Table 1. Physicochemical properties of water used on poultry farms.
Physicochemical
Property
Mean ± SD Category/Reference Standard Number of Samples Per Source of Water
Tap Stream Well Borehole
(n=31) (n=1) (n=33) (n=35)
pH 6.03±1.07 Below 6.5
6.5-8.5
Above 8.5
15 0 21 26
20 1 11 5
0 0 1 0
Turbidity
(NTU)
9.5±61.8 Below 5
Above 5
28 1 28 30
3 0 5 5
Conductivity
(µS/cm)
146.7±140.4 Below 400
Above 400
30 1 33 32
1 0 0 3
TDS
(mg/L)
73.3±70.2 Below 500
Above 500
30 1 33 35
1 0 0 0
Total hardness
(mg/L)
64.6±70.3 17.1 - 60 17 0 21 19
60 - 120 13 1 10 16
Above 180 1 0 2 0
Table 2. Distribution of contaminants among various sources of water used on poultry farms.
Isolate Sources of Water
Stream (n=1) Tap (n=31) Well (n=33) Borehole (n=35)
N %a %b N %a %b N %a %b N %a %b
E. coli 0 0 0 7 22.6 7 12 36.4 12 12 34.3 12
S. typhi 1 100 1 11 35.5 11 13 39.4 13 11 31.4 11
S. aureus 1 100 1 20 64.5 20 22 66.7 22 21 60 21
CoNS 0 0 0 6 19.4 6 8 24.2 8 5 14.3 5
Faecal Enterococci 0 0 0 14 45.2 14 16 48.5 16 26 74.3 26
Total coliforms 1 100 1 30 96.8 30 33 100 33 33 94.3 33
n: number of water samples per source; N: Number of samples from water source contaminated by organism; CoNS: Coagulase-negative Staphylococci; %a: Percentage of samples per source of water; %b: Percentage of samples per total water samples.

3.2.5. Total Hardness

The WHO grades drinking water as soft (values below 17.1 mg/ L), slightly hard (with values between 17.1 and 60 mg/L), moderately hard (with values between 60 and 120 mg/L), hard (with values between 120 and 180 mg/L) and very hard (values greater than 180 mg/L) [10]. The total hardness of the samples ranged between 17.1 and 180 mg/L with a mean of 64.6 mg/ L. Fifty-eight samples (58%) were slightly hard, including 21% of the samples from well water sources, 20% from borehole sources and 17% from tap water sources. Thirty-nine (39%) samples were moderately hard, including 16% of the samples from borehole sources, 13% from tap water sources, 9% from well water sources and 1% from stream water source (Table 1).

3.3. Microbial Contaminants

3.3.1. Total Coliforms

The WHO recommends that there should be no coliforms in drinking water per 100 mL of water [10]. Ninety-seven (97%) of the samples were contaminated with total coliforms. Of the 97 samples contaminated, 33% were from well and borehole water sources, 30% from tap water and 1% from stream water. The 3 water samples that were not contaminated with coliforms included 2 from borehole sources and 1 from a tap water source (Table 2).

3.3.2. Faecal Enterococci

The WHO recommends that there should be no faecal Enterococci in 100 mL of drinking water [10]. Fifty-six (56%) water samples were contaminated with faecal Enterococci. These comprised 26% of the samples from borehole sources, 16% from well water sources and 14% from tap water sources. The 44 samples that were not contaminated with faecal Enterococci included 17 samples each from tap water and well water sources (Table 2).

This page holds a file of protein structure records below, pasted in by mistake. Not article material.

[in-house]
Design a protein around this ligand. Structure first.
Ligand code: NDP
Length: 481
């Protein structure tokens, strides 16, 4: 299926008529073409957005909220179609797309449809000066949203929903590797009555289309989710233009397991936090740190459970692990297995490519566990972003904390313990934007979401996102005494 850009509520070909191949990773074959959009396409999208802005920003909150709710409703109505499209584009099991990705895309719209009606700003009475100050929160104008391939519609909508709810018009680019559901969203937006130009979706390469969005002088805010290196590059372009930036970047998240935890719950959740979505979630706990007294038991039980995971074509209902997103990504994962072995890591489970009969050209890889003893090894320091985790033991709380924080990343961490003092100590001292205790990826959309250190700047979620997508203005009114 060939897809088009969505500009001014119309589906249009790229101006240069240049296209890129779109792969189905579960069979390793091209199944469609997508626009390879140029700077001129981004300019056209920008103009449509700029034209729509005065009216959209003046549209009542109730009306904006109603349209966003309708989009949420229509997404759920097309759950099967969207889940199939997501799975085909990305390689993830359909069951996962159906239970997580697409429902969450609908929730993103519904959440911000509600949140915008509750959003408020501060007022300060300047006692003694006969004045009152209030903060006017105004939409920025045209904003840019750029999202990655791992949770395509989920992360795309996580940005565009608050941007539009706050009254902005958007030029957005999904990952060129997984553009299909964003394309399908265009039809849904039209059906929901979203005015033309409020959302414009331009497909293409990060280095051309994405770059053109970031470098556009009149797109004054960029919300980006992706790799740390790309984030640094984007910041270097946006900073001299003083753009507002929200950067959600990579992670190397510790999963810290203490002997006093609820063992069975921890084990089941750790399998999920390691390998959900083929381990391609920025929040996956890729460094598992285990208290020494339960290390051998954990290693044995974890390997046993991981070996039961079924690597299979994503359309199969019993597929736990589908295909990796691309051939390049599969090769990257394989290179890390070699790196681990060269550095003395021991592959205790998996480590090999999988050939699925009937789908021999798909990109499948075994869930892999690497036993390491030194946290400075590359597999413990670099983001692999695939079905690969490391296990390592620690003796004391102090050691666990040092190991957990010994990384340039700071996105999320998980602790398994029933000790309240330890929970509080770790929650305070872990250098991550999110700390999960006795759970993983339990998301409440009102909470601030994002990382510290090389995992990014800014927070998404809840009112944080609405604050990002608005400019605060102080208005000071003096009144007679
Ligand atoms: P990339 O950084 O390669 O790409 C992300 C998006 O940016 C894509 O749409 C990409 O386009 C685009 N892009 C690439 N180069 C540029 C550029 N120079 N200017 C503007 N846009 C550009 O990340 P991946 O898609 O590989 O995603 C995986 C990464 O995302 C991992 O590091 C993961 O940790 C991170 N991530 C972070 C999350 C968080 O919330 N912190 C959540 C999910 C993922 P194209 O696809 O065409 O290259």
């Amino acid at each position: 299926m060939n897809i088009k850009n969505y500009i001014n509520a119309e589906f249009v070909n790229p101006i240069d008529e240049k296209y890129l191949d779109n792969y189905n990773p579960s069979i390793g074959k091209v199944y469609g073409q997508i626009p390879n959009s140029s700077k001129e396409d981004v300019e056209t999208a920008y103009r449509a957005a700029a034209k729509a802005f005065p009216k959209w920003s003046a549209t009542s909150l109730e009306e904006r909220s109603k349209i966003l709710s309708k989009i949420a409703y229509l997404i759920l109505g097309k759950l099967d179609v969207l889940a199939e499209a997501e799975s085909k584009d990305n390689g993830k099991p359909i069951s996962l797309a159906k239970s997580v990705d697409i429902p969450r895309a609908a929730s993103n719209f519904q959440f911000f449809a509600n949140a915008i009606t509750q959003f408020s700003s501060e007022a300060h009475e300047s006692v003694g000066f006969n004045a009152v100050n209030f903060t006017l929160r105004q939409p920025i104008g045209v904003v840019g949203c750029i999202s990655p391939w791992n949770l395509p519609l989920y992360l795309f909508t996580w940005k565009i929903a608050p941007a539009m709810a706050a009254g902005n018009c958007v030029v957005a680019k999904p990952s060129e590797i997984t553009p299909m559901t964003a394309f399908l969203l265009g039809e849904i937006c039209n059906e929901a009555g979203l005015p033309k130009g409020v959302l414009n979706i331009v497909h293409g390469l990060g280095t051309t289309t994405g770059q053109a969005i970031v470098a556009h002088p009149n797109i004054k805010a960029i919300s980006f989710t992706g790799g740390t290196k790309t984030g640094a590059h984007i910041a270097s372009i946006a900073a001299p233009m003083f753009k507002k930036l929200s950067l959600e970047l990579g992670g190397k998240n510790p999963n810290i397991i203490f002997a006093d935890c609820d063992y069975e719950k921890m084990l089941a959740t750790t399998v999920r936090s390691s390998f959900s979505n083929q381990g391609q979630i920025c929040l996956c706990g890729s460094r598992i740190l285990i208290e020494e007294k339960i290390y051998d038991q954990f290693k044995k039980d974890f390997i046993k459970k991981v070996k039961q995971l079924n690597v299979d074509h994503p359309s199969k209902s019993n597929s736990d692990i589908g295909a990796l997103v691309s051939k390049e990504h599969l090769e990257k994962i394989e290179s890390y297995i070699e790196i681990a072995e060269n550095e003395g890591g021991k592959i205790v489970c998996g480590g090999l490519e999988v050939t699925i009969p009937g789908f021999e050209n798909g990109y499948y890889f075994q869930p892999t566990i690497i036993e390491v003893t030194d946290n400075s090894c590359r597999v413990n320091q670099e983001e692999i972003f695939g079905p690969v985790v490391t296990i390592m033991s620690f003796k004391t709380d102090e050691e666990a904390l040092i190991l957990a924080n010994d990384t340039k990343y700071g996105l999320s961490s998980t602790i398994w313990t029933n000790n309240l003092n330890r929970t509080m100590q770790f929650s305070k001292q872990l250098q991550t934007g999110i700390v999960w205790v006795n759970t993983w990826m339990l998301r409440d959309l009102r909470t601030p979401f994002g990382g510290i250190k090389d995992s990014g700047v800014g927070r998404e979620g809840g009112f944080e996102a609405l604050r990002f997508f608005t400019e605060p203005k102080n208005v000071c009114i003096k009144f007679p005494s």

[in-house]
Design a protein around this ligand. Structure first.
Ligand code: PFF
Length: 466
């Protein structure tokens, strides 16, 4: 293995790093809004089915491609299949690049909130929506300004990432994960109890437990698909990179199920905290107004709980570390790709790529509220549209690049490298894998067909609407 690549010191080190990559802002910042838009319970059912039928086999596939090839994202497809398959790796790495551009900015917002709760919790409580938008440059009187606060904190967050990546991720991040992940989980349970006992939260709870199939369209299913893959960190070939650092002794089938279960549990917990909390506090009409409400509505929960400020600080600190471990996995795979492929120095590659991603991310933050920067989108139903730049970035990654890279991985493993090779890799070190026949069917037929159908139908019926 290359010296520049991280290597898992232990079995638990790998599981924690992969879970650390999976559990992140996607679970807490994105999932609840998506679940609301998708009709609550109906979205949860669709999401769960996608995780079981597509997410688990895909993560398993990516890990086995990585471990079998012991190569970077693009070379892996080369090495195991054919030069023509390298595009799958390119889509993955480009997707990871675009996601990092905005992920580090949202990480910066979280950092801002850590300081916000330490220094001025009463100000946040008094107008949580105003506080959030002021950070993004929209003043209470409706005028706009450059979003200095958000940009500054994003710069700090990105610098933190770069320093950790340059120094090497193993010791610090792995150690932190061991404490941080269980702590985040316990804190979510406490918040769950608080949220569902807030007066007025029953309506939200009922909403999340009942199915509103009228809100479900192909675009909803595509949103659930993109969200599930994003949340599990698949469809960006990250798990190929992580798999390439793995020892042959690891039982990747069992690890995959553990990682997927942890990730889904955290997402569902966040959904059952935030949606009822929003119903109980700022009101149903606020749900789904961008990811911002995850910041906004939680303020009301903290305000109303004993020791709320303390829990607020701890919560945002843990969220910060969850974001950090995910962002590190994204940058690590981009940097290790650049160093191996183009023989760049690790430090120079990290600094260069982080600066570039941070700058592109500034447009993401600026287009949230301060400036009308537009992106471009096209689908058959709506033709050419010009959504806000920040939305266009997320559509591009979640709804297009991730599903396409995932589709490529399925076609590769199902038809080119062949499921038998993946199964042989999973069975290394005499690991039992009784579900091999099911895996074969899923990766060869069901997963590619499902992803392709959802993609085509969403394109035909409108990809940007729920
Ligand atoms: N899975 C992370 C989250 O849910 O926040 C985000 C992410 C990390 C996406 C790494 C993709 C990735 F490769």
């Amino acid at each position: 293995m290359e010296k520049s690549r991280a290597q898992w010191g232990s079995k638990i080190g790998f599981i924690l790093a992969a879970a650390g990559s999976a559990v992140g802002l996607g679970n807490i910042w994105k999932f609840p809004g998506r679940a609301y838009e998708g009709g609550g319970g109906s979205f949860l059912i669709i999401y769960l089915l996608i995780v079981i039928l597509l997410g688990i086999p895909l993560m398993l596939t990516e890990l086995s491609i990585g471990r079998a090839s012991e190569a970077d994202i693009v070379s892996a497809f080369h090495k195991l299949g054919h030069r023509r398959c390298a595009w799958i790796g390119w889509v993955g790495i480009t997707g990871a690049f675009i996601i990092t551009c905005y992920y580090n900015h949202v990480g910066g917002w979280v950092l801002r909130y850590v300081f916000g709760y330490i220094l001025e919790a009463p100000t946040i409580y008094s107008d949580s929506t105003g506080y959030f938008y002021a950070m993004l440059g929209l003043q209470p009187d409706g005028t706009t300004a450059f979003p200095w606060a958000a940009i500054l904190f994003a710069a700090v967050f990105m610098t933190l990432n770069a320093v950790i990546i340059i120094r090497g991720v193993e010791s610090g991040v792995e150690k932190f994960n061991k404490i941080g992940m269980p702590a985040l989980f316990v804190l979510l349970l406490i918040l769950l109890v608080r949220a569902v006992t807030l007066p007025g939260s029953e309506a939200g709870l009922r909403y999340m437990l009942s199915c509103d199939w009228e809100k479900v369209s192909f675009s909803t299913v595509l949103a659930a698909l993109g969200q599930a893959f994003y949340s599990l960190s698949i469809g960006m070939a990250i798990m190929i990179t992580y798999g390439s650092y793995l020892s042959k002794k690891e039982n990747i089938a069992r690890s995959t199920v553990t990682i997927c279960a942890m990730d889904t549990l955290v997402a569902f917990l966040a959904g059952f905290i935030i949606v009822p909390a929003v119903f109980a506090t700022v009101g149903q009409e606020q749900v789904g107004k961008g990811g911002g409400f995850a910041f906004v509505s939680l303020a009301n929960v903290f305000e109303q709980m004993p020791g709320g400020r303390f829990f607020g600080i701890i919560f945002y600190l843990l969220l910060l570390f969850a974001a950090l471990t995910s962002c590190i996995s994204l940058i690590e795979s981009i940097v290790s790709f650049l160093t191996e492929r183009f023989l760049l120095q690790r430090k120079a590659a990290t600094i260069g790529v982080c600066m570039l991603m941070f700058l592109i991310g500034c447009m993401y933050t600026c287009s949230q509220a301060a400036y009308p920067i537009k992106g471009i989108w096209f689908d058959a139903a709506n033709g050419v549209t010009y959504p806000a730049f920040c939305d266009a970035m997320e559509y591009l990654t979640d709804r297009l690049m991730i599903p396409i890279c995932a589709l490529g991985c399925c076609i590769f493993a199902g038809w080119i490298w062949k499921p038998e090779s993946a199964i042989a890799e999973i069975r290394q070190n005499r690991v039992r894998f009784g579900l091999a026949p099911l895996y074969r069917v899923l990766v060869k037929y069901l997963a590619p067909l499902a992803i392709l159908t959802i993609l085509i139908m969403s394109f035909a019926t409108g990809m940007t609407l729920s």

3.3.3. Presence of Escherichia coli, Salmonella typhi, Staphylococcus aureus and Coagulase-negative Staphylococci

From the 100 samples analysed, 31% were contaminated with E. coli. Twelve (38.71%) of these isolates were each obtained from the well and borehole water sources respectively, and 22.58% obtained from tap water sources (Table 2). S. aureus was isolated from 64% of the samples, with 34.38% from well water sources, 32.81% from borehole sources and 31.25% from tap water sources (Table 2). Thirty-six percent of the samples had S. typhi isolates. These included 36.11% from well water sources and 30.56% each from borehole and tap water sources (Table 2). Nineteen percent of the samples had coagulase-negative Staphylococci (including S. saprophyticus, S. haemolyticus, S. lugdunensis and S. schleiferi). These included 8 (42.11%) from well water sources, 6 (31.8%) from tap water sources and 5 (26.32%) from borehole sources (Table 2).

Table 3. Comparison of levels of contamination among various sources of water.
Contaminants
(Frequency)
N Percentage of Samples Per Source of Water
Well Stream Tap Borehole
EC only 8 0 0 9.7 8.6
SA only 25 18.2 0 29.0 28.6
ST only 3 6.1 0 0 2.9
CoNS only 8 12.1 0 9.7 2.9
EC/ ST 1 0 0 0 2.9
EC/ SA 8 19.4 0 0 5.7
EC/ CoNS 4 6.1 0 3.2 2.9
ST/ SA 18 15.2 100 25.8 11.4
ST/ CoNS 2 3 0 0 2.9
SA/ CoNS 3 0 0 3.2 5.7
EC/ ST/ SA 8 9.1 0 6.5 8.6
EC/ ST/ CoNS 1 0 0 3.2 0
ST/ SA/ CoNS 1 3.0 0 0 0
EC/ ST/ SA/ CoNS 1 3.0 0 0 0
EC: Escherichia coli; SA: Staphylococcus aureus; ST: Salmonella typhi; CoNS: Coagulase-negative Staphylococci.

3.4. Level of Microbial Contamination

3.4.1. Contamination with One Bacterial Isolate

Forty-four (44%) samples were contaminated with 1 of the 4 isolated bacteria, which included 18 (18%) borehole samples, 15 (15%) samples from tap water and 11 (11%) from well water. Twenty-five (25%) samples were contaminated with S. aureus, 8 (8%) with each of E. coli and coagulase-negative Staphylococci and 3 (3%) with S. typhi (Table 3).

3.4.2. Contamination with Two Bacterial Isolates

Thirty-six (36%) samples were contaminated with 2 of the 4 isolated bacteria. This comprised 14 (14%) samples from well water, 11 (11%) samples from borehole, 10 (10%) samples from tap water and 1 (1%) stream water sample. S. aureus and S. typhi, S. aureus and E. coli, E. coli and coagulase-negative Staphylococci, S. aureus and coagulase-negative Staphylococci, coagulase-negative Staphylococci and S. typhi. E. coli and S. typhi were isolated from 18, 8, 4, 3, 2 and 1% of the samples, respectively (Table 3).

3.4.3. Contamination with Three Bacterial Isolates

Ten (10%) water samples were contaminated with 3 of the 4 isolated bacteria. The 10 samples included 4 (4%) samples from well water sources and 3 (3%) samples each from tap water and borehole sources. Eight (80%) samples were contaminated with S. aureus, E. coli and S. typhi isolates. One sample was contaminated with S. aureus, S. typhi, coagulase-negative Staphylococci and E. coli, S. typhi, coagulase-negative Staphylococci. Only one water sample was contaminated with all 4 isolated microorganisms (Table 3).